Monday, February 1, 2010

Elgg Me On

This week was continuing work on Elgg. After my last blog, I got it to a state where it looked like the mockups provided to us at the beginning of the semester. It was also somewhat functional. Admins can create commitments and actions for the users to take and messages could be posted to each person's profile. I even put in a simple Javascript function to count down from 10 to 0 to simulate the real time use.

"Complete" profile view as of last week.

What has helped me get this far are the plugins that come with Elgg. It's not the functionality of these plugins. Rather, it's the source code for the plugins themselves. For example, I wasn't sure how to make sure only admins were allowed to create commitments and actions. I took a look at the source of the default widgets plugin, which allows admins to define what widgets are automatically added to a user's profile or dashboard. By looking at the default widgets initialization script, I figured out how to add links to create commitments and actions in the admin interface.

Admin interface for creating a new commitment

Of course, there's a good amount of fakery in "version 0.01 pre-alpha". The created commitments and actions automatically belong to the user who created them. While it looks good as a fake interface, that's not how the actual application is going to be. I had tried to avoid going deep into Elgg, but since I'm working on this again this week, I might just have to.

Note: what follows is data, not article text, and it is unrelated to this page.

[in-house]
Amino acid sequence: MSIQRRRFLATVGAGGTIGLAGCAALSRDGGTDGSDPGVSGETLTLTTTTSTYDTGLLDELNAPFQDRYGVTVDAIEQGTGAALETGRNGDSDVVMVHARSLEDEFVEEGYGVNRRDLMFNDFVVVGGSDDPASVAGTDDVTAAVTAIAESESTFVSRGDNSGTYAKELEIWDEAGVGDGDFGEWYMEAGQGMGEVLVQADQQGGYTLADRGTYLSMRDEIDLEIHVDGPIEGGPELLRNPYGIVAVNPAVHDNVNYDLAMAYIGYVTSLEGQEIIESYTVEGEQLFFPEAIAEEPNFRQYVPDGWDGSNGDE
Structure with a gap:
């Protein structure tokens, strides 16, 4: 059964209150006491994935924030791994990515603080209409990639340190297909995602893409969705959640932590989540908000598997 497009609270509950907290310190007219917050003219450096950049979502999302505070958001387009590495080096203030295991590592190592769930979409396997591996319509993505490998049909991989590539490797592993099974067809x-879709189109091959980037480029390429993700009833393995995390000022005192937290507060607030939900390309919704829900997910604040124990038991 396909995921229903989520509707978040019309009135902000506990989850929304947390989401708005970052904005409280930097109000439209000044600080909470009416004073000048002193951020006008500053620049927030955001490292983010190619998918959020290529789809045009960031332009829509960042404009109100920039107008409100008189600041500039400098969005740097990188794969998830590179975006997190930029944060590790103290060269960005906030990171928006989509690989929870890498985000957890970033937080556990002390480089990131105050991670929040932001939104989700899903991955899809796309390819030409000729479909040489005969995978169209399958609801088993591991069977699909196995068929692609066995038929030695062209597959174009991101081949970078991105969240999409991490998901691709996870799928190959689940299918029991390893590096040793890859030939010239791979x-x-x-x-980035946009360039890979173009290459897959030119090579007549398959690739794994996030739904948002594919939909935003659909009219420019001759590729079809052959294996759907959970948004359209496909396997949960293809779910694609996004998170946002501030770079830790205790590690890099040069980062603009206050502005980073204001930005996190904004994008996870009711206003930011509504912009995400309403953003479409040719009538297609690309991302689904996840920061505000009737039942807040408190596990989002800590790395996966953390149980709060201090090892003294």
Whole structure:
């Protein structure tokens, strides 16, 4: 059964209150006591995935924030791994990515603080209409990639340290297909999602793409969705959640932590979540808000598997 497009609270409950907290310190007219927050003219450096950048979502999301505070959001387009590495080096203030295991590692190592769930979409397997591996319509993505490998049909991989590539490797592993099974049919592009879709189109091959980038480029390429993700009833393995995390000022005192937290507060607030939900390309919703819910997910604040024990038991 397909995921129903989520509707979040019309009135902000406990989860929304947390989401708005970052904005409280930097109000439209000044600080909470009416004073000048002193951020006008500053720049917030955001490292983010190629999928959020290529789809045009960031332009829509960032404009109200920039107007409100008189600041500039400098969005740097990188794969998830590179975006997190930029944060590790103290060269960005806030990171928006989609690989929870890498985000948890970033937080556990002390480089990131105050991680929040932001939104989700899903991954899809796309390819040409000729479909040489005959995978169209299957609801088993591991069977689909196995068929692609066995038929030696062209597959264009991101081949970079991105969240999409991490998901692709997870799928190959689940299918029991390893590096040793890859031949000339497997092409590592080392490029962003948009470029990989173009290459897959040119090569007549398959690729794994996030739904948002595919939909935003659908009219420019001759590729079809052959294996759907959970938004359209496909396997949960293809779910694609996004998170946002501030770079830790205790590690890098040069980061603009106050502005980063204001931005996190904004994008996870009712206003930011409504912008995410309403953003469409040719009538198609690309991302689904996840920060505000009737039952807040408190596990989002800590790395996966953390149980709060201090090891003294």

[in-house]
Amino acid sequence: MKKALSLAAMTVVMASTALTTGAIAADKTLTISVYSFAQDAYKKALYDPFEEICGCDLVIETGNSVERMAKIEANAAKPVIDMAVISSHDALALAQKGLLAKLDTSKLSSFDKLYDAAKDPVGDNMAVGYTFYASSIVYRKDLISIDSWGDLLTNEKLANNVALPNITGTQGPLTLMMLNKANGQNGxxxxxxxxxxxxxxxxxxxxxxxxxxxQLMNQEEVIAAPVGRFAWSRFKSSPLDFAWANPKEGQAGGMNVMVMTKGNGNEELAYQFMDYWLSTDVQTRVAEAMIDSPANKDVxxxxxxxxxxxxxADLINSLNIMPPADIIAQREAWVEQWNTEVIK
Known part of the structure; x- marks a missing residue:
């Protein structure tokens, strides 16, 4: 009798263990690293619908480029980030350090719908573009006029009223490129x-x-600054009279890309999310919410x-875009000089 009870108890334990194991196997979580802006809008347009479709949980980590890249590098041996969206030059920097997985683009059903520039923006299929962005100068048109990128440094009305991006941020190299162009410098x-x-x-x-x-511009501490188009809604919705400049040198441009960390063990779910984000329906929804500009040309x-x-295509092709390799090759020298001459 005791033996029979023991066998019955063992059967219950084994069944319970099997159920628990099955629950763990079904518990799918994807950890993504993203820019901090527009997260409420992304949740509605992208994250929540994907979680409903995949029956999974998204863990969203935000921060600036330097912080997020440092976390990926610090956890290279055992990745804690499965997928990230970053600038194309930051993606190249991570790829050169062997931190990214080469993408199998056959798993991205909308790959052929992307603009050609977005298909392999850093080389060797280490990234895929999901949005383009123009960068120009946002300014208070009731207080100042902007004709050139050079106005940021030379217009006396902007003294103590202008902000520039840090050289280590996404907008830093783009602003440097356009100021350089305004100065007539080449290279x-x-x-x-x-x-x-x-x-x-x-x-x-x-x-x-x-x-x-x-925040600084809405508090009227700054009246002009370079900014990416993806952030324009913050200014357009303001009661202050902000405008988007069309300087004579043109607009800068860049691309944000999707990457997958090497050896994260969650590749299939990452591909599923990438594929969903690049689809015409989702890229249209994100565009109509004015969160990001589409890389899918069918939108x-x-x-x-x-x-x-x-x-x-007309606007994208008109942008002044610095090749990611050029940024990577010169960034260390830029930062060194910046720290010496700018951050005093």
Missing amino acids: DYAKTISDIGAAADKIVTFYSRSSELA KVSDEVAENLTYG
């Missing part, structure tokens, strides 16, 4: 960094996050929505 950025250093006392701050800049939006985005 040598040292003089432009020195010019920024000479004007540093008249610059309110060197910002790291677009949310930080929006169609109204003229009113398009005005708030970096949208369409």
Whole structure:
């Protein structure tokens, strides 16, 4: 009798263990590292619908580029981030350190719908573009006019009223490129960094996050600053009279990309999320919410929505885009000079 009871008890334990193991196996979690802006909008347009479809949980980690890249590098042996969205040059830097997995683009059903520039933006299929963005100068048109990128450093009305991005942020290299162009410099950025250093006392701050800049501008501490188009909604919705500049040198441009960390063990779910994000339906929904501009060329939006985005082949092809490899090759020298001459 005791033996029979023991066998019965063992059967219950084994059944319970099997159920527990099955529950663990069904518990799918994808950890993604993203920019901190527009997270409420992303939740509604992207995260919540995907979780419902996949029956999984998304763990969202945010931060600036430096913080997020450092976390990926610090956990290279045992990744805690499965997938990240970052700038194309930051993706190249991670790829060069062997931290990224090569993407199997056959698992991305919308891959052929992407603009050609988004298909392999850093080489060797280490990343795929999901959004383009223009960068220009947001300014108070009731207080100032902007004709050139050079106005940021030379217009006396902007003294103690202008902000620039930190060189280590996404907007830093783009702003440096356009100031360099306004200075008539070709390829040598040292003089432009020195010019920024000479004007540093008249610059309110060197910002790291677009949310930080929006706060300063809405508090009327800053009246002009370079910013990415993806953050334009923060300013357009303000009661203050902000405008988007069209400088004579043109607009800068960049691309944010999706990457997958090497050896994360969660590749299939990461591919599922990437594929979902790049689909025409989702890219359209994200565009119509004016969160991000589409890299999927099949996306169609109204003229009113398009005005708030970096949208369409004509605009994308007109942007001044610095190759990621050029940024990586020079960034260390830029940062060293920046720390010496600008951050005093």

Even at this point, I'm still wrapping my head around how the data in Elgg is arranged. I wasn't sure how to create an object like a commitment and have multiple users be associated with it. While poking around the source code, I did stumble on a function that creates relationships between two Elgg objects. So I think I can put together some kind of interface for next time. Source code to the rescue!

The lack of detailed documentation is kind of a bummer, but having the source code helps a lot (the API can be useful too if you know what you're looking for). And from what I can tell, the community is fairly active. I haven't had to ask them any questions yet, but Philip did suggest that I ask a question to gauge their response time. Just haven't thought of a good question to ask yet.

So, in short, my tasks for this week and next are to implement the commitment/action workflows, create a widget for an arbitrary Google Gadget, implement the default index page, and remove some extraneous features that we probably don't need. And we'll see how it goes from there.

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